"Electronic goods," any device or piece of equipment that includes or relies upon embedded software;

    "Appliance" or "major home appliance," any equipment or apparatus that includes or relies upon embedded software, used in a home, commercial, industrial, agricultural, or business setting;

    "Farm equipment," includes tractors, combines, self-propelled sprayers, semi-tractors, and any other equipment primarily used for farming purposes and containing embedded software;
    Section 2. That chapter 37-24 be amended by adding thereto a NEW SECTION to read as follows:

    Every manufacturer making an express warranty with respect to electronics or appliances as described in section 1 of this Act with a wholesale price of one hundred dollars or more, shall make available to independent service and repair facilities and consumers sufficient service literature and functional parts to effect the repair of a product or device for at least seven years after the date of manufacture, regardless if the seven years exceeds the warranty period for the product or device.
    Section 3. Each manufacturer shall make clear to any consumer any post-purchase obligations regarding any related licenses, license maintenance, or service agreements, or limitations on equipment resale, repair, reconfiguration, or reuse for any purpose. If a manufacturer fails to disclose any post-purchase obligation, the consumer is entitled to return the product or device, as described in section 1 of this Act, for a full refund up to the end of the initial warranty period, or one year, whichever is longer. Any license agreement shall be clearly set forth in a separate agreement provided to the consumer upon purchase.

Your voice is neededManufacturers, please send us an email outlining how this bill would impact your business.  The Chamber knows this is a disaster but having real examples of the impact of proposed laws is a very powerful tool in being an advocate for good business environment.  Please send any questions or comments to davido@sdchamber.biz – please save any voodoo dolls for private use in home or business. 

HB 1189 Hunhoff (Bernie) (D-Yankton) – Prohibit certain business entities and affiliated persons from making political campaign contributions.

If your business does business with the state, does that make you a second class citizen?  HB 1189 would seem to suggest that having the state government as a customer means your rights to make political contributions may have come to an end.  At issue is your right to make political contributions to officeholders that will ultimately decide whether your contract will continue.

This is not a new issue in South Dakota politics and is not without merit.  There can be a downside to being allowed to make contributions to those who decide on your contracts . . . most of the downside focuses on whether or not these donations are truly “voluntary”.

Besides the issue of expectations, the proposals of the past have had a tendency to place such an enormous burden on businesses with state contracts that it might appear the goal of the legislation is to punish businesses for either being successful or for daring to take public dollars.  HB 1189 would apply to any business that does $25,000 of business with the state.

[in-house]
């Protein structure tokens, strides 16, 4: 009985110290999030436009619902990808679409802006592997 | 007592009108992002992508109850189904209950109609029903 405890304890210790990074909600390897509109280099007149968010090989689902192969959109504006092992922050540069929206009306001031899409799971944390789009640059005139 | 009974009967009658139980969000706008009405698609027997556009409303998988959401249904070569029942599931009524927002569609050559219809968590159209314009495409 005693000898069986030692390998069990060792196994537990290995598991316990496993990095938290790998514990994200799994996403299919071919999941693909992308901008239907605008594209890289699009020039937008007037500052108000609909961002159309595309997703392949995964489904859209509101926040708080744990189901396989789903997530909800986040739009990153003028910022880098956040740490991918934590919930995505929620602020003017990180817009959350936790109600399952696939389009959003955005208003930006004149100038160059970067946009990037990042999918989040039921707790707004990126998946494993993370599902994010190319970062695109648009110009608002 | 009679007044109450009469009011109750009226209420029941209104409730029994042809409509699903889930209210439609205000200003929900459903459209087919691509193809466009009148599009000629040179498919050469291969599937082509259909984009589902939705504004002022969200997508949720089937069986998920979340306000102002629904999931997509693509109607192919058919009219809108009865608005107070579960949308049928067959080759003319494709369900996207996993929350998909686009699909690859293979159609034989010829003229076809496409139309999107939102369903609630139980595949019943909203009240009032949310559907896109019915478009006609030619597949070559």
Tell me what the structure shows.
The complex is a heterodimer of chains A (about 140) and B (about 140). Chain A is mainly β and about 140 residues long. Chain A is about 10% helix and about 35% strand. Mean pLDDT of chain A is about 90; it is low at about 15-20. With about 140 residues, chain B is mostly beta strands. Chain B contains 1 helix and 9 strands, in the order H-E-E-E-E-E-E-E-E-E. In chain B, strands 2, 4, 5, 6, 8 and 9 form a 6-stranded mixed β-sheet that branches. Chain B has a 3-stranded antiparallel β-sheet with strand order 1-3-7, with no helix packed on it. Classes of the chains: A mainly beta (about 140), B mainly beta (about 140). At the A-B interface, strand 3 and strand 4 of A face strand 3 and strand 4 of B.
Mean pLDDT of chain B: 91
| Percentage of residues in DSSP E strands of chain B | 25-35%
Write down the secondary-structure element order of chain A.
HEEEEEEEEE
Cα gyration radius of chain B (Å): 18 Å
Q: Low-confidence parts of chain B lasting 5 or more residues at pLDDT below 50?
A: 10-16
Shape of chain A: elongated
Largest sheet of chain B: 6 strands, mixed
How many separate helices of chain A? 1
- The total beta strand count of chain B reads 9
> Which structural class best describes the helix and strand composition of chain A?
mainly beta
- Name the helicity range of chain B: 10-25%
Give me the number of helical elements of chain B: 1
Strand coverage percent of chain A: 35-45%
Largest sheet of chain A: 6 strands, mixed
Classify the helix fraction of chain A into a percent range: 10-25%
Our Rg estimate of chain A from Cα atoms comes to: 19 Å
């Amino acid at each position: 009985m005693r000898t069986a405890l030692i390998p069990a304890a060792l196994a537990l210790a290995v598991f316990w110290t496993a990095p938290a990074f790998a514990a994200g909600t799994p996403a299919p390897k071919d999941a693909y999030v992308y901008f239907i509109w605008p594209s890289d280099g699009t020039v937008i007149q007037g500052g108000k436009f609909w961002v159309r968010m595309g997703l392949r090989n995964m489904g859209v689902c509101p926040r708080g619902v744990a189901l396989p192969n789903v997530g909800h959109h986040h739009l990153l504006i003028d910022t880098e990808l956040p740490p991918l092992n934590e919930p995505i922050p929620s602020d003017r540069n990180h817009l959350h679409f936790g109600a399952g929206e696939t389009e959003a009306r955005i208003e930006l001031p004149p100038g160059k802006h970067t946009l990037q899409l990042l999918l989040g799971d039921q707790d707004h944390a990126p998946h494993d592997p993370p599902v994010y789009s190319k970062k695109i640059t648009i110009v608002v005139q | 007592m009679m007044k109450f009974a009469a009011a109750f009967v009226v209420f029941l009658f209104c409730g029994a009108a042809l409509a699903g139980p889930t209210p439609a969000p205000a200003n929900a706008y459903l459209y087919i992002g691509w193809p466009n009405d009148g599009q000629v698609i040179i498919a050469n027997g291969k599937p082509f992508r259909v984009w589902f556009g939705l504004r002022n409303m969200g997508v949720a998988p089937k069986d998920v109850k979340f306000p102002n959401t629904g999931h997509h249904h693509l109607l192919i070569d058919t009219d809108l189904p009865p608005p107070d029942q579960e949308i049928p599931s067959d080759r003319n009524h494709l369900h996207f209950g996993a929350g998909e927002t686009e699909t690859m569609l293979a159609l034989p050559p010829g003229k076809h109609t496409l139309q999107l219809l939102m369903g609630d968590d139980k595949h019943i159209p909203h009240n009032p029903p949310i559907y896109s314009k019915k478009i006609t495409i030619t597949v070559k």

Here is the language prohibiting such businesses from making contributions:

 No business entity whose aggregate pending bids and proposals on state contracts total more than twenty-five thousand dollars, or whose aggregate pending bids and proposals on state contracts combined with the business entity's aggregate annual total value of state contracts exceed twenty-five thousand dollars, nor any affiliated entities or affiliated persons of such business entity, may make any contribution to any political committee established to promote the candidacy of the officeholder responsible for awarding the contract on which the business entity has submitted a bid or proposal during the period beginning on the date the invitation for bids or request for proposals is issued and ending on the day after the date the contract is awarded.

Readers should also be aware that the definition of “affiliated entities” is as follows:

(2)    "Affiliated person,":


            (a)    Any person with any ownership interest or distributive share of the bidding or contracting business entity in excess of ten percent;

            (b)    Executive employees of the bidding or contracting business entity; and

            (c)    The spouse and minor children of any affiliated persons;

The bill also contains special registration requirements for businesses holding contracts and other rules.  Understanding that there is potential for shenanigans when elected officials award contracts, HB 1189 may be a case of the cure being more harmful than the disease.  The Chamber will continue to evaluate this proposal and will inform readers of a final position.

Register today for Business Day at the Legislature

The South Dakota Chamber has set up bill tracking page where members may review bills of interest to the South Dakota Chamber.  Click here to reach the page.    Click on E-Subscribe (My LRC), then 2014 and Session Bills.  The log in is SDChamber and the password is member.

Thank you for your support of the South Dakota Chamber of Commerce & Industry.